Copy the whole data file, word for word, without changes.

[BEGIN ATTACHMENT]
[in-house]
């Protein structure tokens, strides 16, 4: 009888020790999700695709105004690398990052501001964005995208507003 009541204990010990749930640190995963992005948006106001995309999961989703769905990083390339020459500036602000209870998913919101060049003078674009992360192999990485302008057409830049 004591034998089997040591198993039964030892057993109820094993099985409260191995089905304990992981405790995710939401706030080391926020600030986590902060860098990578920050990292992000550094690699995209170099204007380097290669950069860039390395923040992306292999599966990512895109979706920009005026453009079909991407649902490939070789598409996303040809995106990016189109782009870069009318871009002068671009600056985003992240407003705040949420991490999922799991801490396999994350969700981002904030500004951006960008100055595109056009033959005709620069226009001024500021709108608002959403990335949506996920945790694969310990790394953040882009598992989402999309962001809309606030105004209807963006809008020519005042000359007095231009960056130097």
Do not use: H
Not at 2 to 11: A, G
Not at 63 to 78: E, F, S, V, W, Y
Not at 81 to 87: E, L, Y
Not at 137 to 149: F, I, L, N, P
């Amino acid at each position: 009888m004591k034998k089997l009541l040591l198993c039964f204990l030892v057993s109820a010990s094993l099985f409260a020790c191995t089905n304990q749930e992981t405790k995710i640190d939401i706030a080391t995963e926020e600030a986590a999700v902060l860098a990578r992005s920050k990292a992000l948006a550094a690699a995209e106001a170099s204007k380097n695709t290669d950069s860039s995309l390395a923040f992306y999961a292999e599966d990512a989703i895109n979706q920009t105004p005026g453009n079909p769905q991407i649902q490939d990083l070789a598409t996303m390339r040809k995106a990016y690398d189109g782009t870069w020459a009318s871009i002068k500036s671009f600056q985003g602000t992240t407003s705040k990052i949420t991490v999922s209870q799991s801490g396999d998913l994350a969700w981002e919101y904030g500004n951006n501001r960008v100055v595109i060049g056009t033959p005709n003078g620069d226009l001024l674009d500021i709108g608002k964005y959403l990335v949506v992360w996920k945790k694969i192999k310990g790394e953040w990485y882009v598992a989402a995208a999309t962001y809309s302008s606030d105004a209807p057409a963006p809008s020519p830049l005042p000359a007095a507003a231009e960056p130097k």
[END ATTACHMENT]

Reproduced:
[in-house]
């Protein structure tokens, strides 16, 4: 009888020790999700695709105004690398990052501001964005995208507003 009541204990010990749930640190995963992005948006106001995309999961989703769905990083390339020459500036602000209870998913919101060049003078674009992360192999990485302008057409830049 004591034998089997040591198993039964030892057993109820094993099985409260191995089905304990992981405790995710939401706030080391926020600030986590902060860098990578920050990292992000550094690699995209170099204007380097290669950069860039390395923040992306292999599966990512895109979706920009005026453009079909991407649902490939070789598409996303040809995106990016189109782009870069009318871009002068671009600056985003992240407003705040949420991490999922799991801490396999994350969700981002904030500004951006960008100055595109056009033959005709620069226009001024500021709108608002959403990335949506996920945790694969310990790394953040882009598992989402999309962001809309606030105004209807963006809008020519005042000359007095231009960056130097």
Do not use: H
Not at 2 to 11: A, G
Not at 63 to 78: E, F, S, V, W, Y
Not at 81 to 87: E, L, Y
Not at 137 to 149: F, I, L, N, P
């Amino acid at each position: 009888m004591k034998k089997l009541l040591l198993c039964f204990l030892v057993s109820a010990s094993l099985f409260a020790c191995t089905n304990q749930e992981t405790k995710i640190d939401i706030a080391t995963e926020e600030a986590a999700v902060l860098a990578r992005s920050k990292a992000l948006a550094a690699a995209e106001a170099s204007k380097n695709t290669d950069s860039s995309l390395a923040f992306y999961a292999e599966d990512a989703i895109n979706q920009t105004p005026g453009n079909p769905q991407i649902q490939d990083l070789a598409t996303m390339r040809k995106a990016y690398d189109g782009t870069w020459a009318s871009i002068k500036s671009f600056q985003g602000t992240t407003s705040k990052i949420t991490v999922s209870q799991s801490g396999d998913l994350a969700w981002e919101y904030g500004n951006n501001r960008v100055v595109i060049g056009t033959p005709n003078g620069d226009l001024l674009d500021i709108g608002k964005y959403l990335v949506v992360w996920k945790k694969i192999k310990g790394e953040w990485y882009v598992a989402a995208a999309t962001y809309s302008s606030d105004a209807p057409a963006p809008s020519p830049l005042p000359a007095a507003a231009e960056p130097k």